"I think being a woman is like being Irish. Everyone says you're important and nice, but you take second place all the same." -- Iris Murdoch
Iris Murdoch DBE (15 July 1919 — 8 February 1999) was an Irish-born British author and philosopher, best known for her novels about political and social questions of good and evil, sexual relationships, morality, and the power of the unconscious. Her first published novel, Under the Net, was selected in 2001 by the editorial board of the American Modern Library as one of the 100 best English-language novels of the 20th century. In 1987, she was made a Dame Commander of the Order of the British Empire. In 2008, The Times named Murdoch among their list of "The 50 greatest British writers since 1945".
"A bad review is even less important than whether it is raining in Patagonia.""All art is a struggle to be, in a particular sort of way, virtuous.""Anything that consoles is fake.""Art is the final cunning of the human soul which would rather do anything than face the gods.""Being good is just a matter of temperament in the end.""Between saying and doing, many a pair of shoes is worn out.""But fantasy kills imagination, pornography is death to art.""Every man needs two women: a quiet home-maker, and a thrilling nymph.""Falling out of love is chiefly a matter of forgetting how charming someone is.""Falling out of love is very enlightening. For a short while you see the world with new eyes.""Happiness is a matter of one's most ordinary and everyday mode of consciousness being busy and lively and unconcerned with self.""He was a sociologist; he had got into an intellectual muddle early on in life and never managed to get out.""Human affairs are not serious, but they have to be taken seriously.""I daresay anything can be made holy by being sincerely worshipped.""I see myself as Rhoda, not Mary Tyler Moore.""In almost every marriage there is a selfish and an unselfish partner. A pattern is set up and soon becomes inflexible, of one person always making the demands and one person always giving way.""In philosophy if you aren't moving at a snail's pace you aren't moving at all.""Literature could be said to be a sort of disciplined technique for arousing certain emotions.""Love is the difficult realization that something other than oneself is real.""Moralistic is not moral. And as for truth - well, it's like brown - it's not in the spectrum. Truth is so generic.""No love is entirely without worth, even when the frivolous calls to the frivolous and the base to the base.""One doesn't have to get anywhere in a marriage. It's not a public conveyance.""Only lies and evil come from letting people off.""People from a planet without flowers would think we must be mad with joy the whole time to have such things about us.""Perhaps misguided moral passion is better than confused indifference.""Perhaps when distant people on other planets pick up some wavelength of ours all they hear is a continuous scream.""Philosophy! Empty thinking by ignorant conceited men who think they can digest without eating!""The absolute yearning of one human body for another particular body and its indifference to substitutes is one of life's major mysteries.""The cry of equality pulls everyone down.""The notion that one will not survive a particular catastrophe is, in general terms, a comfort since it is equivalent to abolishing the catastrophe.""The priesthood is a marriage. People often start by falling in love, and they go on for years without realizing that love must change into some other love which is so unlike it that it can hardly be recognized as love at all.""There is no substitute for the comfort supplied by the utterly taken-for-granted relationship.""We can only learn to love by loving.""We live in a fantasy world, a world of illusion. The great task in life is to find reality.""We shall be better prepared for the future if we see how terrible, how doomed the present is.""Writing is like getting married. One should never commit oneself until one is amazed at one's luck."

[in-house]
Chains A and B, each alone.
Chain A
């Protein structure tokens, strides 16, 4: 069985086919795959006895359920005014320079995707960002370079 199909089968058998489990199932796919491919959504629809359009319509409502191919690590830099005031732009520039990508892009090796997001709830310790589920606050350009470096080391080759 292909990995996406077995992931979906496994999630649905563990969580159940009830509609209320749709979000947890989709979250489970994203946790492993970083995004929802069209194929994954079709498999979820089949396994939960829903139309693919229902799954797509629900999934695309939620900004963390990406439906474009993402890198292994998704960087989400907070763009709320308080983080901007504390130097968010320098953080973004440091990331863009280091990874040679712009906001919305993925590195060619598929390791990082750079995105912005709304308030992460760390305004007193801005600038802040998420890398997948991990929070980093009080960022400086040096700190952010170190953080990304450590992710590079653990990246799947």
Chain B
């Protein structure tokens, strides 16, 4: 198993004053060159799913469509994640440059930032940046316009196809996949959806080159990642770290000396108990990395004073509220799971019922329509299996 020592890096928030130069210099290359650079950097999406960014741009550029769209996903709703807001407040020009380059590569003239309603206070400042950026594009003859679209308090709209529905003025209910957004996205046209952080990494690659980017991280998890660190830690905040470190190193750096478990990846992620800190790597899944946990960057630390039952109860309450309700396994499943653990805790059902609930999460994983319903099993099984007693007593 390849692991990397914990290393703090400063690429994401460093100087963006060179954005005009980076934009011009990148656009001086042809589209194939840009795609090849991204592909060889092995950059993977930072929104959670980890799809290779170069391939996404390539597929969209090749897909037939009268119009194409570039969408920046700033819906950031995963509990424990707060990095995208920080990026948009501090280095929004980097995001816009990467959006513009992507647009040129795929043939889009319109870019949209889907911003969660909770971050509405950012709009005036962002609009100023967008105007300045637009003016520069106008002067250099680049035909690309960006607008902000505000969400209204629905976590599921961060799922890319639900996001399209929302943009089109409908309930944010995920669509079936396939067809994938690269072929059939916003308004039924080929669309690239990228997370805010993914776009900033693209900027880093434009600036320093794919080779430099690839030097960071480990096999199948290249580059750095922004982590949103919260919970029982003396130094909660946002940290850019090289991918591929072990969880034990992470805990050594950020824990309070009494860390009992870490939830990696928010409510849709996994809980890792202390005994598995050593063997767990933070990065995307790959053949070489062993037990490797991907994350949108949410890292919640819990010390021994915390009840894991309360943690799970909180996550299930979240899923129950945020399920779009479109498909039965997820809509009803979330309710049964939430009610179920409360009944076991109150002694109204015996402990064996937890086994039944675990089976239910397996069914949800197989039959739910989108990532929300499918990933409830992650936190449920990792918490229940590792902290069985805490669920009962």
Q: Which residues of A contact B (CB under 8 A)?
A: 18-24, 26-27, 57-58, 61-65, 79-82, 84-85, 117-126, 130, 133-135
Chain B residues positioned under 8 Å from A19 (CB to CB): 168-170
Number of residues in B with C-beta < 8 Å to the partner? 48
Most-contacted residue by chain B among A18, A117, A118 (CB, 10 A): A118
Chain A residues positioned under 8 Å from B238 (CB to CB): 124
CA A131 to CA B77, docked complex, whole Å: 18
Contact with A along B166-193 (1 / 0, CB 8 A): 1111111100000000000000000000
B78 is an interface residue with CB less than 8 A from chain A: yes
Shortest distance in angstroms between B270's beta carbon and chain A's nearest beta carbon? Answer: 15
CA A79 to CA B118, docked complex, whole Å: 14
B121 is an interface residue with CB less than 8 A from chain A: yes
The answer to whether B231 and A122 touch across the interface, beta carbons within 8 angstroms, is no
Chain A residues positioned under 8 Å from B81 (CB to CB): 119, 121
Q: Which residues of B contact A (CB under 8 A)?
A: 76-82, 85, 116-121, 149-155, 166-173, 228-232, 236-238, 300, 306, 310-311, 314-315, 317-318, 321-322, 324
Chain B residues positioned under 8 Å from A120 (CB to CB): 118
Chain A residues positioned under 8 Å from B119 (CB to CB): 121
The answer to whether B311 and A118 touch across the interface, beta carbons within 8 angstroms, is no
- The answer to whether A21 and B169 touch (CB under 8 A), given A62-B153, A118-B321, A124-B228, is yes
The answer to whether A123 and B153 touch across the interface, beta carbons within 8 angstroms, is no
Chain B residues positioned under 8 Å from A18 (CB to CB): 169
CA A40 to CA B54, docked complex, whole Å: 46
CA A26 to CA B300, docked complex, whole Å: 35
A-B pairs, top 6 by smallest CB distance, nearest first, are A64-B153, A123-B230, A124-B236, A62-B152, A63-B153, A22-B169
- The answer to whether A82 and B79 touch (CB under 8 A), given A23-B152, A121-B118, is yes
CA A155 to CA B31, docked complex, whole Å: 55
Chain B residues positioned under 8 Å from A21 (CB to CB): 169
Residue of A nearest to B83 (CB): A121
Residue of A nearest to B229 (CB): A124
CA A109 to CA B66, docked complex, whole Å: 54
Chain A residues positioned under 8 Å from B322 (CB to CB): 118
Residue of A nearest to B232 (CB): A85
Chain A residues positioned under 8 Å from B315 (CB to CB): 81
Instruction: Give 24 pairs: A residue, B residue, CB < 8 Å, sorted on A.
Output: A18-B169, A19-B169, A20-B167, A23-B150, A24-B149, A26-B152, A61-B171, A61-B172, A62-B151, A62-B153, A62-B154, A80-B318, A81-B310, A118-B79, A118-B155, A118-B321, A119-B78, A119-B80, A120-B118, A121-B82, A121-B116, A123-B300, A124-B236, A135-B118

Jean Iris Murdoch was born at 59 Blessington Street, Dublin, Ireland, on 15 July 1919. Her father, Wills John Hughes Murdoch, came from a mainly Presbyterian sheep farming family from Hillhall, County Down, and her mother, Irene Alice Richardson, who had trained as a singer until Iris was born, was from a middle class, Church of Ireland (Anglican) family from Dublin. When Iris was very young, her parents moved to London, where her father worked in the Civil Service.
She was educated in progressive schools, first at the Froebel Demonstration School, and then as a boarder at the Badminton School in Bristol in 1932. She went on to read classics, ancient history, and philosophy at Somerville College, Oxford, and philosophy as a postgraduate at Newnham College, Cambridge, where she attended a number of Ludwig Wittgenstein's lectures. In 1948, she became a fellow of St Anne's College, Oxford.